Digestion and Assimilation of Benthic Biofilm by the Sábalo, Prochilodus lineatus

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Department of Biological Sciences


The Sábalo, Prochilodus lineatus (Valenciennes, 1837) is one of 270 fish species in the Rio Paraná system yet it comprises >50% of the fish biomass. Its diet is flocculant benthic biofilm comprised of algae, bacteria, and non-living organic matter: a food resource apparently of little value to other fishes. Digestion and assimilation of key nutrients from its biofilm diet by P. lineatus were described and quantified in an attempt to discover how this species is so successful. The fish begin a feeding period with empty digestive tracts, accumulate food during the feeding period, and then void the gut content at the end of the feeding period. Early in a feeding period, sand accumulates in the gizzard-like pyloric stomach where it serves as both a grinding medium and as a sieve. After sufficient sand has been acquired, food particles passed from the pyloric stomach to the intestine are dramatically reduced in size to < 20 μ maximum dimension while larger particles including mineral matter and plant fibers are retained. Total ash, hydrolysis-resistant-ash, and hydrolysis-resistant-organic-matter were tested as reference materials against which to measure assimilation and hydrolysis-resistant-organic matter best met the assumptions of the technique. Comparison of the first food ingested to food ingested later in the feeding period shows that grinding of food and selective retention of larger particles results in a three-fold increase in assimilation of ash-free-dry-mass (to 56%) and hydrolysis-labile-organic-matter (to 67%), and a six-fold increase in the assimilation of amino acids (AA; to 74%). When food quality is assessed in terms of g AA assimilated · kJ energy assimilated, the quality of food ingested by P. lineatus ranges from a maintenance level of 5 mg AA · kJ to 12 mg AA kJ , a level expected to produce near maximum growth. Thus, the processing of food in the pyloric stomach is integral to the success of P. lineatus in establishing large populations on a diet of flocculent benthic biofilm.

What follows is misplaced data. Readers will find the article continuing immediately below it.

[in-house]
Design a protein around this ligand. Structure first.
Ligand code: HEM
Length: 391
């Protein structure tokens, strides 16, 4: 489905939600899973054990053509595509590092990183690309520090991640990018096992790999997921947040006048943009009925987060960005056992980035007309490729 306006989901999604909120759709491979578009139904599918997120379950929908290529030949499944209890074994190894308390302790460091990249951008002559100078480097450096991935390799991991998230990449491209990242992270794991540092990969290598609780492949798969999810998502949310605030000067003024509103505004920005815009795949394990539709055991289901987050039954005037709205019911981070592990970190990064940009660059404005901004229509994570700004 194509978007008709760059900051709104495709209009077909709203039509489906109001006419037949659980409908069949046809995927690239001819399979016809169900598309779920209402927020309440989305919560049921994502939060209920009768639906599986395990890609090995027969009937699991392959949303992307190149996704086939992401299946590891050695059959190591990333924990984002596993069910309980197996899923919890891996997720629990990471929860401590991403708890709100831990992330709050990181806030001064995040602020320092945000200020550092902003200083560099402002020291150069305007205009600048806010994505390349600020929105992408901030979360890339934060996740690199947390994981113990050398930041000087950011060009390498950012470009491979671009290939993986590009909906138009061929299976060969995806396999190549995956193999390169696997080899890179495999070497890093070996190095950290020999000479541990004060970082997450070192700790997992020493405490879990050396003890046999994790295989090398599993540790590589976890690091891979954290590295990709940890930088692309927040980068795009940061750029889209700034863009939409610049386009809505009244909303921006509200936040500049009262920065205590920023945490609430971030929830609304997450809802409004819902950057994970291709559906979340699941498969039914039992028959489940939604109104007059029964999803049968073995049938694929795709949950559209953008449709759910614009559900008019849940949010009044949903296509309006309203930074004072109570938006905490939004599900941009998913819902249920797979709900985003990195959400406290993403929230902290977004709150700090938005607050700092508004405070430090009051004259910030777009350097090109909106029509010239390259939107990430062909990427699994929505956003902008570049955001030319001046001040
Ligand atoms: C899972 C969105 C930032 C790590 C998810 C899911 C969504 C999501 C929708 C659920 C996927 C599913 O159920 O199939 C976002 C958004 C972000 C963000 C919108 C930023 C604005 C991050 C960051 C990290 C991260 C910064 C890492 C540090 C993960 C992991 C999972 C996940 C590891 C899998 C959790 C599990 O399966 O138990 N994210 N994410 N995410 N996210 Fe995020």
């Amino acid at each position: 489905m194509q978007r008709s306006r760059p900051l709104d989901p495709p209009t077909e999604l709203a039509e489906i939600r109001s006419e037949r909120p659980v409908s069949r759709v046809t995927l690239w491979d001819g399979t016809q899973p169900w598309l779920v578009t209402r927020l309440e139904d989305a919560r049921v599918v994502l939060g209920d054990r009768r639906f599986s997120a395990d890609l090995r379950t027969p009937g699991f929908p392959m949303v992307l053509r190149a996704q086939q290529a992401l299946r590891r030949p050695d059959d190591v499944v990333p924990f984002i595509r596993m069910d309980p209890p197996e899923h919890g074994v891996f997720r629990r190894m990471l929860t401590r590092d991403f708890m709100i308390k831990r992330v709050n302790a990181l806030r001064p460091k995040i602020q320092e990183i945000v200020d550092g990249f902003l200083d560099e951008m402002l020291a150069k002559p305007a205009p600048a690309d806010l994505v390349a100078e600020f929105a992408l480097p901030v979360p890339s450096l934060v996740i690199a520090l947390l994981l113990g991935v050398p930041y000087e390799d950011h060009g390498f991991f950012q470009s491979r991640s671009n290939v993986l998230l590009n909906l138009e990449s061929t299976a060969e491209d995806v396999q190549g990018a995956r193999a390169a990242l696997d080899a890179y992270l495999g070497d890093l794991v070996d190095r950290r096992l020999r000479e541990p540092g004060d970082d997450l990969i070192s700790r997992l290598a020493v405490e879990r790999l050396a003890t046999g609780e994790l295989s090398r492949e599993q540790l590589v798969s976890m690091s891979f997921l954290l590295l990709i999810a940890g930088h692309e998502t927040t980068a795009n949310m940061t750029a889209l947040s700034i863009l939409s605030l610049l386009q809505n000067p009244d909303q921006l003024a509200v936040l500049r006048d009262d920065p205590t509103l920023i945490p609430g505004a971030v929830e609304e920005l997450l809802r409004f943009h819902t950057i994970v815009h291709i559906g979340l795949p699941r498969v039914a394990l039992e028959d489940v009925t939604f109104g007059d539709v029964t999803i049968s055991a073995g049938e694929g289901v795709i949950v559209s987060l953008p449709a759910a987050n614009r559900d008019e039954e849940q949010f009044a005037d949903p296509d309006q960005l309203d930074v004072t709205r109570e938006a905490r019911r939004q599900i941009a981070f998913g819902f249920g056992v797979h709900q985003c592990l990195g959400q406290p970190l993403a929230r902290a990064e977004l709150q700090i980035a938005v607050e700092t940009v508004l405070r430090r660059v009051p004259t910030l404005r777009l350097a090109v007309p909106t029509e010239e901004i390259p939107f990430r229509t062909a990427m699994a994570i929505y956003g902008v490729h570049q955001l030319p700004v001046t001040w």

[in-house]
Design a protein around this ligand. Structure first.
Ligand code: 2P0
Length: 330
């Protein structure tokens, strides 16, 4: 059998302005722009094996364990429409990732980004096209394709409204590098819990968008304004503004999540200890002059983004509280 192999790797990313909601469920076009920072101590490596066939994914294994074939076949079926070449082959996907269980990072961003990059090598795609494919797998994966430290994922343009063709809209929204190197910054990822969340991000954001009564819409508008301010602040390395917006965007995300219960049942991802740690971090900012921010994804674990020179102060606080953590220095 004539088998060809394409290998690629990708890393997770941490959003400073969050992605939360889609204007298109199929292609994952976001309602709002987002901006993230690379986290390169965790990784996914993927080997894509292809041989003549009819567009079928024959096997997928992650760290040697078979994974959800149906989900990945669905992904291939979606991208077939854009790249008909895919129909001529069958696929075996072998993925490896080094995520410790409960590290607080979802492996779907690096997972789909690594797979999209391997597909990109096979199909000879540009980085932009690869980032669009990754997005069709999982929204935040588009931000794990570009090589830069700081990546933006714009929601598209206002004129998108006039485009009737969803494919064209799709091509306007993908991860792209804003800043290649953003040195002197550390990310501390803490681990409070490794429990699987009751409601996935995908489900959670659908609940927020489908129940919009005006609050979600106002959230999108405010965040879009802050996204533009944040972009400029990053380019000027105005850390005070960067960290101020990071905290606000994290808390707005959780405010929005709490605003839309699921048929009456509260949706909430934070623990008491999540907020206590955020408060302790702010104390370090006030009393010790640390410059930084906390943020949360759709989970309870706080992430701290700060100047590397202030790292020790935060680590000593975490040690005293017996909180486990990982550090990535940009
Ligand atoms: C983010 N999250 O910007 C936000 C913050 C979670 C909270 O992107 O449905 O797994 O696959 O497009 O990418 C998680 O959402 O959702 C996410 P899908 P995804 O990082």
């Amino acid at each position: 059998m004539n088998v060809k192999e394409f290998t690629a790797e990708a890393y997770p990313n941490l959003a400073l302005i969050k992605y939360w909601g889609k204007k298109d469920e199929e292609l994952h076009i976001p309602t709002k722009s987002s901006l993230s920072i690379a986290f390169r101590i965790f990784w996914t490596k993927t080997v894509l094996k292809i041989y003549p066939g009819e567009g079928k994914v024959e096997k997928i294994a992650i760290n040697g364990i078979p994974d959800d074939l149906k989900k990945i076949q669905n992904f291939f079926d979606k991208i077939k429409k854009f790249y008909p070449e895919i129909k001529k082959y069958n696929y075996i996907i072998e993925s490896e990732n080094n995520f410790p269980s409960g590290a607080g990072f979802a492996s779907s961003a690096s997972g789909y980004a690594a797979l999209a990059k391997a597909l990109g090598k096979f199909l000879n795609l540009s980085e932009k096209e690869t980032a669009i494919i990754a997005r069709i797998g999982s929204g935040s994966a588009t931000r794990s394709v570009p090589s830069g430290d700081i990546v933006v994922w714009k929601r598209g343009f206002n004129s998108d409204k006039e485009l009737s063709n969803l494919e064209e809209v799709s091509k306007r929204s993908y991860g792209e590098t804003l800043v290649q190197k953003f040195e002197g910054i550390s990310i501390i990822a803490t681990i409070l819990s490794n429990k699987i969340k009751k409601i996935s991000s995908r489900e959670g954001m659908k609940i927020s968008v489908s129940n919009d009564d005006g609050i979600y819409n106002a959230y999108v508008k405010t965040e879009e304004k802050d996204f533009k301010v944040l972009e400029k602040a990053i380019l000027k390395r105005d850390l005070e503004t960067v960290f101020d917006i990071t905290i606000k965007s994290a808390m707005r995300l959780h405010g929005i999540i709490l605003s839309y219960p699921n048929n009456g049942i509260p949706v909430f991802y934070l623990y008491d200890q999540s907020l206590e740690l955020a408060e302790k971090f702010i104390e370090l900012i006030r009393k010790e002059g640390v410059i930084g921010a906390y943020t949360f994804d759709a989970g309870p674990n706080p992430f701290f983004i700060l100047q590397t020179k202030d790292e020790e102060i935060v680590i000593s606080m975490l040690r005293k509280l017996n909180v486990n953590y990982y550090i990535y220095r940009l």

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Journal of fish biology